Lastly, unlike the methods used in goal-bound evaluation, goal-free methods are particularly well suited to the continuous evaluation of an educational program during periods of change or growth since these methods are highly tolerant of novelty. In Michael Scriven's phrase, goal-free evaluation is "oriented towards final results, not original rhetoric." [6]

C. Critical Overview

The standard model on which institutional effectiveness is now understood and measured by SACS is a comprehensive program wherein goal-bound evaluation is treated as an a priori, necessary condition for the possibility of education; it will be argued below that the binding of pedagogy and its evaluation primarily or entirely to antecedently formulated goals is inimical to human enlightenment, liberal education, and academic freedom.


A. Kant

In 1784, three years after the first publication of his magnum opus, Kritik der reinen Vernunft, Immanuel Kant submitted a short essay to the popular periodical, Berlinische Monatschrift, in response to an editorial question: Was ist Aufklärung? Although barely seven pages in length, Kant's essay not only reflects general eighteenth century sentiments concerning the nature of human understanding, but outlines a specific program for the future intellectual development of humankind. But enlightenment, on Kant's view, is problematic; it's achievement depends on both the intellectual maturation of individuals and the political transformation of public institutions. Accordingly, when Kant condenses his characterization of enlightenment in the phrase, "Enlightenment is man's release from his self-incurred tutelage," [7] his focus is fixed on the intersection of private reflection and public discourse. Enlightenment is freedom from tutelage, and tutelage, for Kant, "is man's inability to make use of his understanding without direction from another." [8]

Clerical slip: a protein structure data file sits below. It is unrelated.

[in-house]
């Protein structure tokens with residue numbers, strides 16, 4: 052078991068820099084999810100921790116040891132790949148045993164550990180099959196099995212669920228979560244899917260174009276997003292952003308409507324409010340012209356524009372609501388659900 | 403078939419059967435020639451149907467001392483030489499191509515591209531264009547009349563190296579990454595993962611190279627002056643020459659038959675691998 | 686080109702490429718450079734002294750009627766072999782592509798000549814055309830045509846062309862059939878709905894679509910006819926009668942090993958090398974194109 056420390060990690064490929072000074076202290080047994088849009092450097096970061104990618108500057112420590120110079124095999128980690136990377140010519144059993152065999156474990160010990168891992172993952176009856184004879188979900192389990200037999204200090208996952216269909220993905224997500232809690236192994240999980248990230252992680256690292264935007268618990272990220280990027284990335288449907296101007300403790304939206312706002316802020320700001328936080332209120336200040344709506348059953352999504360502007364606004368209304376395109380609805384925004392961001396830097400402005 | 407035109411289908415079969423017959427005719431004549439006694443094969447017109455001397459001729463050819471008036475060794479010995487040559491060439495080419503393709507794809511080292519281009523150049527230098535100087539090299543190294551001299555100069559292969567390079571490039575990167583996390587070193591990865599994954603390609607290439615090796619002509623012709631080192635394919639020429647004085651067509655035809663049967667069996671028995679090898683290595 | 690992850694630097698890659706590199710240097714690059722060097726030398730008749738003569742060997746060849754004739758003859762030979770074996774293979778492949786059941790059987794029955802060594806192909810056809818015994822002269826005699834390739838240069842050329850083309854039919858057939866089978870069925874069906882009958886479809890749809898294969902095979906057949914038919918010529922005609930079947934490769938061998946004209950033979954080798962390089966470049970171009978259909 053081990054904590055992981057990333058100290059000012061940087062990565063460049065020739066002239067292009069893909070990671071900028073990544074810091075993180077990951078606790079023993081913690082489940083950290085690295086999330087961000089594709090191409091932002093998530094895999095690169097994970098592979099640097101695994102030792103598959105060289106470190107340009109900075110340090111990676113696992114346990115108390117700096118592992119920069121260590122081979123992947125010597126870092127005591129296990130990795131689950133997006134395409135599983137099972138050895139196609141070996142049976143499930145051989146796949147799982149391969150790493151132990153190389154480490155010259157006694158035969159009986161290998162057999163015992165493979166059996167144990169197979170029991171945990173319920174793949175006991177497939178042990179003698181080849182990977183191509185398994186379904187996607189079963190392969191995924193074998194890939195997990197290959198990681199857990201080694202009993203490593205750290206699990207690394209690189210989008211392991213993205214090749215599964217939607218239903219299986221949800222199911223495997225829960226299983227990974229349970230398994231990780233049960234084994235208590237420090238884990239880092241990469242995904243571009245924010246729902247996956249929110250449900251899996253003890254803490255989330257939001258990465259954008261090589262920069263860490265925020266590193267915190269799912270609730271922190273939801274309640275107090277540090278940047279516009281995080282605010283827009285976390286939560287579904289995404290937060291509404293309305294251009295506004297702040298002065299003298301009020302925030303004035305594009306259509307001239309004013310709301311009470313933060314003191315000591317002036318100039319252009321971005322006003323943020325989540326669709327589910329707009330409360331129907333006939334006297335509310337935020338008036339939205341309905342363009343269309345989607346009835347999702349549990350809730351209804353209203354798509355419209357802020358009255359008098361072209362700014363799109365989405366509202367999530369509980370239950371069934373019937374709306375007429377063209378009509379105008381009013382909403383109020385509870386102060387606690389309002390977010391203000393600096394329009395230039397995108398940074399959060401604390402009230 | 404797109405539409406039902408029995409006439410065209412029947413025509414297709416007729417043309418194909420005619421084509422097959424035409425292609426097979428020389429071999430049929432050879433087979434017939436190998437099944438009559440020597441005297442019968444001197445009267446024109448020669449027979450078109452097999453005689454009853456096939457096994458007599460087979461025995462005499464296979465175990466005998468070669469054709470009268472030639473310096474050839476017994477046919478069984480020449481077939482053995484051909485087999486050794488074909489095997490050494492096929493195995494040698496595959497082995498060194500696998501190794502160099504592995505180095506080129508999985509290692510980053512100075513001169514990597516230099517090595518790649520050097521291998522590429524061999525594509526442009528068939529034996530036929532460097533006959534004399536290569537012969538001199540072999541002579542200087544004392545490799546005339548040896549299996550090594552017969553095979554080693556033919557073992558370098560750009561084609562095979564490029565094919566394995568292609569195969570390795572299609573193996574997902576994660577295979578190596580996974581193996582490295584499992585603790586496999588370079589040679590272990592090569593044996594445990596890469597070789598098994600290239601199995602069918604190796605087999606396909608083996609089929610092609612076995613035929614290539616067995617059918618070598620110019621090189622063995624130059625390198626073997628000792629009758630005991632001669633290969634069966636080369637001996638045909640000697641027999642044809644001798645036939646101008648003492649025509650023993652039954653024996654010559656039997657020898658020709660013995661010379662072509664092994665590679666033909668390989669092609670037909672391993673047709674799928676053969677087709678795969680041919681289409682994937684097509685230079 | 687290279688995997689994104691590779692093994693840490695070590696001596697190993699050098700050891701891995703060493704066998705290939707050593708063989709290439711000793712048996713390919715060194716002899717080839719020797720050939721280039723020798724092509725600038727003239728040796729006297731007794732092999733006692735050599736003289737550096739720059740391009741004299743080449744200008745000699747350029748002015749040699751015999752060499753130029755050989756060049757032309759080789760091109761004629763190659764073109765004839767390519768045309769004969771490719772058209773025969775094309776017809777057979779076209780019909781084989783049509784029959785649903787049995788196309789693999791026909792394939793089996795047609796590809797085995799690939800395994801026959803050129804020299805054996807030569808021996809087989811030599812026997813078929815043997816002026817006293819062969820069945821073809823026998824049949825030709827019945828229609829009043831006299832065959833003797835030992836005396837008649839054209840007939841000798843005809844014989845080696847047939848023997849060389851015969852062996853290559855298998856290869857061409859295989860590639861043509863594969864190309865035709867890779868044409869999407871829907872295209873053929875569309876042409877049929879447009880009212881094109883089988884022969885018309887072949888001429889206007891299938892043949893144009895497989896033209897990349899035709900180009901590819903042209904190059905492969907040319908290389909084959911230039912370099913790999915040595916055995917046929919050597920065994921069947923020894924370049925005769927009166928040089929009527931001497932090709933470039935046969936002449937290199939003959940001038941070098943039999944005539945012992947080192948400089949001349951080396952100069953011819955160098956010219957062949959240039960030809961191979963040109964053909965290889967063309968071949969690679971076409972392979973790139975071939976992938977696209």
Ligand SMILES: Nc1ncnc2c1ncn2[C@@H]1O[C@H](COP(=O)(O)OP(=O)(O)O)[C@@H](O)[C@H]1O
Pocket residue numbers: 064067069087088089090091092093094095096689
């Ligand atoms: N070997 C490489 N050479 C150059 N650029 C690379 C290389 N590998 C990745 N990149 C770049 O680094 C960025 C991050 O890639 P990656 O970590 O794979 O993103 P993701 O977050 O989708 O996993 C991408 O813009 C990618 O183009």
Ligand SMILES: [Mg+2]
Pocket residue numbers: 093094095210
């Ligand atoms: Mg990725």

Because Kant's model is developmental (he views enlightenment as a process of intellectual maturation), and because he understands the prospect of general human enlightenment as intrinsically political (intellectual immaturity consists in a willingness to accept external authority in place of one's own reason), his essay remains pertinent to the analysis of contemporary educational systems, philosophies, and institutions. The connection between enlightenment and education, although largely implicit in Kant's essay, can best be seen, mutatis mutandis, through consideration of (a) his diagnosis of unenlightenment, and (b) his prescription for its future cure.